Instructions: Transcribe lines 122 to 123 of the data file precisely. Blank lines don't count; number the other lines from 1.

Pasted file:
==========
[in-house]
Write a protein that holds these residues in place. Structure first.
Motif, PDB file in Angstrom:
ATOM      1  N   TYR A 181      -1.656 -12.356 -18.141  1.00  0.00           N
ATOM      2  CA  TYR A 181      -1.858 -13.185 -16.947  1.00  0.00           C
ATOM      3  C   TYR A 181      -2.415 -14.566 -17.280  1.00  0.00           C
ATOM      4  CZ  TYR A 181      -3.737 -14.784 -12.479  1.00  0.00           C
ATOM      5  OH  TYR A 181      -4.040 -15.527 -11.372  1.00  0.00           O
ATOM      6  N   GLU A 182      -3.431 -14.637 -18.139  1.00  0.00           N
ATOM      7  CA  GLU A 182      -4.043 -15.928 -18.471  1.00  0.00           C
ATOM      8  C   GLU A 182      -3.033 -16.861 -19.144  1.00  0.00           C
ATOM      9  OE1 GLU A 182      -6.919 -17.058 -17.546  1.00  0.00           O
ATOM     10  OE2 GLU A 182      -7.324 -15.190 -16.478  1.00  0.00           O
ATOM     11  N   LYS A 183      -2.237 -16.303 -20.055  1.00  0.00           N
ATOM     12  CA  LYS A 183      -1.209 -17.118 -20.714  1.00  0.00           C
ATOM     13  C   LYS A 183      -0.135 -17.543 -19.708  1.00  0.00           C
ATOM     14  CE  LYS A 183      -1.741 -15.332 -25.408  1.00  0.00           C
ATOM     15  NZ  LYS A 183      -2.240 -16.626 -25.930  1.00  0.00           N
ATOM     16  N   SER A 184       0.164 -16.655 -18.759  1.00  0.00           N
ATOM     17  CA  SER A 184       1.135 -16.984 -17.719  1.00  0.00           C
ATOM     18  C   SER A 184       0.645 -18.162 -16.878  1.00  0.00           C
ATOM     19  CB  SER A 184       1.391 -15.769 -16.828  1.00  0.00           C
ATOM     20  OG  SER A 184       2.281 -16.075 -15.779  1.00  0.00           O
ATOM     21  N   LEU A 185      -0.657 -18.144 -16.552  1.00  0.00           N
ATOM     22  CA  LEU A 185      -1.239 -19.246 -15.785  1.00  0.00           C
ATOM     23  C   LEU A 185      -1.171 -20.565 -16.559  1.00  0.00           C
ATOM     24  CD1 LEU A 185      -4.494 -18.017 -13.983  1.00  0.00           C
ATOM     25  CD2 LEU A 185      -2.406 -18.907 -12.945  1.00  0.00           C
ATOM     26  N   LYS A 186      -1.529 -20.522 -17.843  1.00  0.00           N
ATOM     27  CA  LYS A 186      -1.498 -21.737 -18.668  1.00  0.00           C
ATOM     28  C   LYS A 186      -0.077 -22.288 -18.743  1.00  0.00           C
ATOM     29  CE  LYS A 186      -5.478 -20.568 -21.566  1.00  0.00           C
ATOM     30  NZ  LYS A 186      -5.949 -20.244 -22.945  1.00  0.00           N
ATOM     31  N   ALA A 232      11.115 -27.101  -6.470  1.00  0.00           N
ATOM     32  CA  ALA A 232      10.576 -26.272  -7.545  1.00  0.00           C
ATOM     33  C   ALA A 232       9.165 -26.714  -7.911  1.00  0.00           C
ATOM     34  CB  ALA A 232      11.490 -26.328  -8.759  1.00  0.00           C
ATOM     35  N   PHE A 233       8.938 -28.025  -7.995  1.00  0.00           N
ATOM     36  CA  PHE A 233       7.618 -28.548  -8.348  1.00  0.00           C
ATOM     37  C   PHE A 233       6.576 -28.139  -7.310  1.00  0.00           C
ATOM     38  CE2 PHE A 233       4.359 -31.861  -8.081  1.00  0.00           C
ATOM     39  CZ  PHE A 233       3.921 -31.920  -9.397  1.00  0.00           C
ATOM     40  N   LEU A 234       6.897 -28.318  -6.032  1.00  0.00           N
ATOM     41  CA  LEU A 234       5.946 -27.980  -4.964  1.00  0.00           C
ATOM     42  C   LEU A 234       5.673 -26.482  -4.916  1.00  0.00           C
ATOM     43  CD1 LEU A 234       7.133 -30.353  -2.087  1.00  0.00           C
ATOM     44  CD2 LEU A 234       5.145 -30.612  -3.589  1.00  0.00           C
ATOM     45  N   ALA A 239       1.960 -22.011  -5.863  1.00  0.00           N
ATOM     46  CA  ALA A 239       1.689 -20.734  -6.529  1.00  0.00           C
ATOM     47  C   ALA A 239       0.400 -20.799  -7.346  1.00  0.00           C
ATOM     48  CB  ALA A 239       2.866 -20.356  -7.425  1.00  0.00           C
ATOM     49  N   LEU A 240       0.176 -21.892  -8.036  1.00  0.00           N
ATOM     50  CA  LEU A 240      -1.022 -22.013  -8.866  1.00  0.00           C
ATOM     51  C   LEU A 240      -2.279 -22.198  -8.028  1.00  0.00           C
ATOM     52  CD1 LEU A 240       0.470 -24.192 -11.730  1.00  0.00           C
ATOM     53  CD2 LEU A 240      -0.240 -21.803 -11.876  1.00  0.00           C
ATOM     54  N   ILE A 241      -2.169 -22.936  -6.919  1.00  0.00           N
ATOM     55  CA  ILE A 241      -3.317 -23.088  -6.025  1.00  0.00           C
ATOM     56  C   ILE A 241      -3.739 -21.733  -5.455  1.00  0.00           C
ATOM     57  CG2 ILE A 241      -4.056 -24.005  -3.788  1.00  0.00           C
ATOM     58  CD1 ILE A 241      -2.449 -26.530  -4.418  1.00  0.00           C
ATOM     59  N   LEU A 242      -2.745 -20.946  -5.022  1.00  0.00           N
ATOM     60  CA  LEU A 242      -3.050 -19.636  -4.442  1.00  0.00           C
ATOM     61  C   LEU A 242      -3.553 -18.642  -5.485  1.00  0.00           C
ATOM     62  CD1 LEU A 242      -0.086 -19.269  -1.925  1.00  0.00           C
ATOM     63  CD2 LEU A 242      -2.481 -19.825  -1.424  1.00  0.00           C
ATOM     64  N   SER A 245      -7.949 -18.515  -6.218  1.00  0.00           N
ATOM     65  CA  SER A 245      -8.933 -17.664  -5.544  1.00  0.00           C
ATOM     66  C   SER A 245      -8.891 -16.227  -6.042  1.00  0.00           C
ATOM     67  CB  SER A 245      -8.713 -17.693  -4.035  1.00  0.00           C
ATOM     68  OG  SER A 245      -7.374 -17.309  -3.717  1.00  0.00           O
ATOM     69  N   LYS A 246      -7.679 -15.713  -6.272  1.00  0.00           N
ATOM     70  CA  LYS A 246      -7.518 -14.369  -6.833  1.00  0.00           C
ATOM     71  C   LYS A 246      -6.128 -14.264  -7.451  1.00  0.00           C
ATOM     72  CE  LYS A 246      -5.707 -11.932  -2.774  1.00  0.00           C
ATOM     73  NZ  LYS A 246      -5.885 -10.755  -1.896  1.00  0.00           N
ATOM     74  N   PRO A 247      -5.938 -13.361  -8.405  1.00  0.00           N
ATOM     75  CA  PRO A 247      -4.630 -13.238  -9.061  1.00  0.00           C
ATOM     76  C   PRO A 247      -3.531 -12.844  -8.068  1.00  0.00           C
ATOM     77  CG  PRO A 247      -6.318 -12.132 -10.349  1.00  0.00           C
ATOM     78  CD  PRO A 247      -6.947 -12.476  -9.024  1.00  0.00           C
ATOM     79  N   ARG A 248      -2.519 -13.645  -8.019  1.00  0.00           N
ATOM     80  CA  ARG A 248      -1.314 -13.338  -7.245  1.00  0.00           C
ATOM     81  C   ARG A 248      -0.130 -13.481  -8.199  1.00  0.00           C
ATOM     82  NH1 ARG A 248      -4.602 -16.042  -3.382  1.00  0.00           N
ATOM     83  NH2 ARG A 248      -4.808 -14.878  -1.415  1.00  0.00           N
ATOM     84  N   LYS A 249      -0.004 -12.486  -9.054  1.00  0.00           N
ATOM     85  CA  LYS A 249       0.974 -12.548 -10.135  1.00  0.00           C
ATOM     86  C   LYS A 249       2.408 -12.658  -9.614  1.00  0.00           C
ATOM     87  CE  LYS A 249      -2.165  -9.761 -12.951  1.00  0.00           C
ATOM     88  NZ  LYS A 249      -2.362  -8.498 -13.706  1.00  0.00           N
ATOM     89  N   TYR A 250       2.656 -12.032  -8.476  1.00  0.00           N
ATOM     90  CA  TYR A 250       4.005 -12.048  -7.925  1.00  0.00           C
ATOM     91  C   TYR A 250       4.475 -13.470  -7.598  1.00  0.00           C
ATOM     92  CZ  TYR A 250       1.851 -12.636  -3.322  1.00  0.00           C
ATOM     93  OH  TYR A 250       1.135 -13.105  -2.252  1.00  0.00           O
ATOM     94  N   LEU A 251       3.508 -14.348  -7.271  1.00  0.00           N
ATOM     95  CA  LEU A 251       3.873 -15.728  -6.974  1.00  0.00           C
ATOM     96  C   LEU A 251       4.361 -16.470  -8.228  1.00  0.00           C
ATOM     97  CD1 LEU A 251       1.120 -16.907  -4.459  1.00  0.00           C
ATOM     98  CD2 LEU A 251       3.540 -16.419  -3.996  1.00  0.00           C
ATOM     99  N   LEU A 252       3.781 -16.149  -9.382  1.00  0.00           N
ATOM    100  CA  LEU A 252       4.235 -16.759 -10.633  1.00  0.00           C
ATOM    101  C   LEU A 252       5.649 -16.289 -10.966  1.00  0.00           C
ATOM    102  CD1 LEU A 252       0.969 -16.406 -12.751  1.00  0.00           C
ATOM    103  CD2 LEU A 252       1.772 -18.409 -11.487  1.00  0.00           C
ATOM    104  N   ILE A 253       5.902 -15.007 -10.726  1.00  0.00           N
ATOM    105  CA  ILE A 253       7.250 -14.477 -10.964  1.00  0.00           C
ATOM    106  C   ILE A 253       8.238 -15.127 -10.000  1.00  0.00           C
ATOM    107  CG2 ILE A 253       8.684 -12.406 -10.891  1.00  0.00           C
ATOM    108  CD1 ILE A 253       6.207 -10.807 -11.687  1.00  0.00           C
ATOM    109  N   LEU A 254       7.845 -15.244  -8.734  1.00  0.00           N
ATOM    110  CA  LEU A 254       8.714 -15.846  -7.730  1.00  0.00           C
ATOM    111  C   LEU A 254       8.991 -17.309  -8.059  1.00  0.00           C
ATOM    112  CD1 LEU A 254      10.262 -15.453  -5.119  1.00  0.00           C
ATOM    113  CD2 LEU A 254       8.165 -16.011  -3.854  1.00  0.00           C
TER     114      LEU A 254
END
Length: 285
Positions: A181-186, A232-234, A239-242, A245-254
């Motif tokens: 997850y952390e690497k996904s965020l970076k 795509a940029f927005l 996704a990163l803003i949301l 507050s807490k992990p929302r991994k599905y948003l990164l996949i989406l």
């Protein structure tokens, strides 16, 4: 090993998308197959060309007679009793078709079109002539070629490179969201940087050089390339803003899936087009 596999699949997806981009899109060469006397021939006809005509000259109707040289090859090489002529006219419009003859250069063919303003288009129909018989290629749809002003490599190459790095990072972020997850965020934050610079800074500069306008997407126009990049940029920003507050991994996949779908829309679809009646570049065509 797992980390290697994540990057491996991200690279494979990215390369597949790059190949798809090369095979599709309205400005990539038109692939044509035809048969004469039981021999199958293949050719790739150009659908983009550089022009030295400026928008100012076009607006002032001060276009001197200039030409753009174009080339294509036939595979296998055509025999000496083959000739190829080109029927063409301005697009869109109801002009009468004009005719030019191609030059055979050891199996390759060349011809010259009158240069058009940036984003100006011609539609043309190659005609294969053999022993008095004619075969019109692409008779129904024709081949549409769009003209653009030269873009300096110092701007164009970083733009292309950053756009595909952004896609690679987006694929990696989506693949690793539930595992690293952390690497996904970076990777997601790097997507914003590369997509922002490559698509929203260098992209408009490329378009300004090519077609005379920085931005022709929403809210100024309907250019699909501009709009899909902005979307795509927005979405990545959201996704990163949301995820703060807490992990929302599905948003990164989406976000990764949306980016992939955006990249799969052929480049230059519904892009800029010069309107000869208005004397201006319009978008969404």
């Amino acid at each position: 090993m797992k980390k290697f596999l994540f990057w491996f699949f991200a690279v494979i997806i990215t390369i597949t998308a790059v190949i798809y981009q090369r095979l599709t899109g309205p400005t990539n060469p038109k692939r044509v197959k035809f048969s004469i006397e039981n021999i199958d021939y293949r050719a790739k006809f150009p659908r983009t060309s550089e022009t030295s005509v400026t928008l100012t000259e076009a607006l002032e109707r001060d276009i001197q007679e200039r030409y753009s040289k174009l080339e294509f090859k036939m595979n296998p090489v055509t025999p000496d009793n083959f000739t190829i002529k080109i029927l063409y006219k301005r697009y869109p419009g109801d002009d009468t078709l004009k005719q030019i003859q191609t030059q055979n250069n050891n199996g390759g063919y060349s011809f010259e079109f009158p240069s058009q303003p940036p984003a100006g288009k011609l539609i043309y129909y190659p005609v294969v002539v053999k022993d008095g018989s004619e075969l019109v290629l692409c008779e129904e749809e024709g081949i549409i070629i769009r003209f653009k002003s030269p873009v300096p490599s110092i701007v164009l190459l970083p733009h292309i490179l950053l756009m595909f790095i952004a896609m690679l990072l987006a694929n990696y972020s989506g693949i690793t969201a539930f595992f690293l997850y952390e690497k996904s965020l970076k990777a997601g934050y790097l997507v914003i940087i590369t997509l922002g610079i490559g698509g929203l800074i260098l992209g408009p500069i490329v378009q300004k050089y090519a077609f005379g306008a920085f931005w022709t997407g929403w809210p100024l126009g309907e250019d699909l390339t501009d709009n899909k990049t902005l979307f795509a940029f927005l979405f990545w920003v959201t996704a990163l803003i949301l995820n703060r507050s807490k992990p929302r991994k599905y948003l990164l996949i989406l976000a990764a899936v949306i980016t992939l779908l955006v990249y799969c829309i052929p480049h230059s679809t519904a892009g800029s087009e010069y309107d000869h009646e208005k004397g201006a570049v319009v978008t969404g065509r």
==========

């Protein structure tokens, strides 16, 4: 090993998308197959060309007679009793078709079109002539070629490179969201940087050089390339803003899936087009 596999699949997806981009899109060469006397021939006809005509000259109707040289090859090489002529006219419009003859250069063919303003288009129909018989290629749809002003490599190459790095990072972020997850965020934050610079800074500069306008997407126009990049940029920003507050991994996949779908829309679809009646570049065509 797992980390290697994540990057491996991200690279494979990215390369597949790059190949798809090369095979599709309205400005990539038109692939044509035809048969004469039981021999199958293949050719790739150009659908983009550089022009030295400026928008100012076009607006002032001060276009001197200039030409753009174009080339294509036939595979296998055509025999000496083959000739190829080109029927063409301005697009869109109801002009009468004009005719030019191609030059055979050891199996390759060349011809010259009158240069058009940036984003100006011609539609043309190659005609294969053999022993008095004619075969019109692409008779129904024709081949549409769009003209653009030269873009300096110092701007164009970083733009292309950053756009595909952004896609690679987006694929990696989506693949690793539930595992690293952390690497996904970076990777997601790097997507914003590369997509922002490559698509929203260098992209408009490329378009300004090519077609005379920085931005022709929403809210100024309907250019699909501009709009899909902005979307795509927005979405990545959201996704990163949301995820703060807490992990929302599905948003990164989406976000990764949306980016992939955006990249799969052929480049230059519904892009800029010069309107000869208005004397201006319009978008969404």
């Amino acid at each position: 090993m797992k980390k290697f596999l994540f990057w491996f699949f991200a690279v494979i997806i990215t390369i597949t998308a790059v190949i798809y981009q090369r095979l599709t899109g309205p400005t990539n060469p038109k692939r044509v197959k035809f048969s004469i006397e039981n021999i199958d021939y293949r050719a790739k006809f150009p659908r983009t060309s550089e022009t030295s005509v400026t928008l100012t000259e076009a607006l002032e109707r001060d276009i001197q007679e200039r030409y753009s040289k174009l080339e294509f090859k036939m595979n296998p090489v055509t025999p000496d009793n083959f000739t190829i002529k080109i029927l063409y006219k301005r697009y869109p419009g109801d002009d009468t078709l004009k005719q030019i003859q191609t030059q055979n250069n050891n199996g390759g063919y060349s011809f010259e079109f009158p240069s058009q303003p940036p984003a100006g288009k011609l539609i043309y129909y190659p005609v294969v002539v053999k022993d008095g018989s004619e075969l019109v290629l692409c008779e129904e749809e024709g081949i549409i070629i769009r003209f653009k002003s030269p873009v300096p490599s110092i701007v164009l190459l970083p733009h292309i490179l950053l756009m595909f790095i952004a896609m690679l990072l987006a694929n990696y972020s989506g693949i690793t969201a539930f595992f690293l997850y952390e690497k996904s965020l970076k990777a997601g934050y790097l997507v914003i940087i590369t997509l922002g610079i490559g698509g929203l800074i260098l992209g408009p500069i490329v378009q300004k050089y090519a077609f005379g306008a920085f931005w022709t997407g929403w809210p100024l126009g309907e250019d699909l390339t501009d709009n899909k990049t902005l979307f795509a940029f927005l979405f990545w920003v959201t996704a990163l803003i949301l995820n703060r507050s807490k992990p929302r991994k599905y948003l990164l996949i989406l976000a990764a899936v949306i980016t992939l779908l955006v990249y799969c829309i052929p480049h230059s679809t519904a892009g800029s087009e010069y309107d000869h009646e208005k004397g201006a570049v319009v978008t969404g065509r």